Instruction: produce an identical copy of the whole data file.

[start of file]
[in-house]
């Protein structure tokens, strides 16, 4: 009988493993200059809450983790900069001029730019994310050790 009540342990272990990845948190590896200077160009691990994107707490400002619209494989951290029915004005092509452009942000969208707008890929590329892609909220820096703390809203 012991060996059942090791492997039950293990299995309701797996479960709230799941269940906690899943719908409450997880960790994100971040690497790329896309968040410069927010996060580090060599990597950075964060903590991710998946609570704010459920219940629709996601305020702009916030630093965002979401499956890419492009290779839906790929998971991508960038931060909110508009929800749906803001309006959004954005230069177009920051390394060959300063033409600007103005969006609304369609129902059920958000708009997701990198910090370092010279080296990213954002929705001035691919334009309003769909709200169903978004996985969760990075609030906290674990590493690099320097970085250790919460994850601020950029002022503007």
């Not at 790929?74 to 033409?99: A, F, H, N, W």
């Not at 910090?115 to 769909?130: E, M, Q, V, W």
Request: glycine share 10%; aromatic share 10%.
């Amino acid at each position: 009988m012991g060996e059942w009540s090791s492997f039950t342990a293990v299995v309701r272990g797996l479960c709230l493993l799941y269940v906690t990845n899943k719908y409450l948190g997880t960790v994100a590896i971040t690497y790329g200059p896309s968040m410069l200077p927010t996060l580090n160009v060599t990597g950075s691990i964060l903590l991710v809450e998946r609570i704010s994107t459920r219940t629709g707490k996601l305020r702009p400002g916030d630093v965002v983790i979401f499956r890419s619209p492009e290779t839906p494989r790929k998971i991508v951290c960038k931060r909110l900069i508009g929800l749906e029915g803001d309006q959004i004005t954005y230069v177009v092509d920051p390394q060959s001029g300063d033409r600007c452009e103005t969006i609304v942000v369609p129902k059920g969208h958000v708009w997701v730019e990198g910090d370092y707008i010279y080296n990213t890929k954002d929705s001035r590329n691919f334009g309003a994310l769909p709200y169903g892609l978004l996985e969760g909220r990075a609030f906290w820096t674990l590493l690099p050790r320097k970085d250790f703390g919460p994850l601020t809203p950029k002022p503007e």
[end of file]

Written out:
[in-house]
């Protein structure tokens, strides 16, 4: 009988493993200059809450983790900069001029730019994310050790 009540342990272990990845948190590896200077160009691990994107707490400002619209494989951290029915004005092509452009942000969208707008890929590329892609909220820096703390809203 012991060996059942090791492997039950293990299995309701797996479960709230799941269940906690899943719908409450997880960790994100971040690497790329896309968040410069927010996060580090060599990597950075964060903590991710998946609570704010459920219940629709996601305020702009916030630093965002979401499956890419492009290779839906790929998971991508960038931060909110508009929800749906803001309006959004954005230069177009920051390394060959300063033409600007103005969006609304369609129902059920958000708009997701990198910090370092010279080296990213954002929705001035691919334009309003769909709200169903978004996985969760990075609030906290674990590493690099320097970085250790919460994850601020950029002022503007």
């Not at 790929?74 to 033409?99: A, F, H, N, W």
């Not at 910090?115 to 769909?130: E, M, Q, V, W």
Request: glycine share 10%; aromatic share 10%.
């Amino acid at each position: 009988m012991g060996e059942w009540s090791s492997f039950t342990a293990v299995v309701r272990g797996l479960c709230l493993l799941y269940v906690t990845n899943k719908y409450l948190g997880t960790v994100a590896i971040t690497y790329g200059p896309s968040m410069l200077p927010t996060l580090n160009v060599t990597g950075s691990i964060l903590l991710v809450e998946r609570i704010s994107t459920r219940t629709g707490k996601l305020r702009p400002g916030d630093v965002v983790i979401f499956r890419s619209p492009e290779t839906p494989r790929k998971i991508v951290c960038k931060r909110l900069i508009g929800l749906e029915g803001d309006q959004i004005t954005y230069v177009v092509d920051p390394q060959s001029g300063d033409r600007c452009e103005t969006i609304v942000v369609p129902k059920g969208h958000v708009w997701v730019e990198g910090d370092y707008i010279y080296n990213t890929k954002d929705s001035r590329n691919f334009g309003a994310l769909p709200y169903g892609l978004l996985e969760g909220r990075a609030f906290w820096t674990l590493l690099p050790r320097k970085d250790f703390g919460p994850l601020t809203p950029k002022p503007e």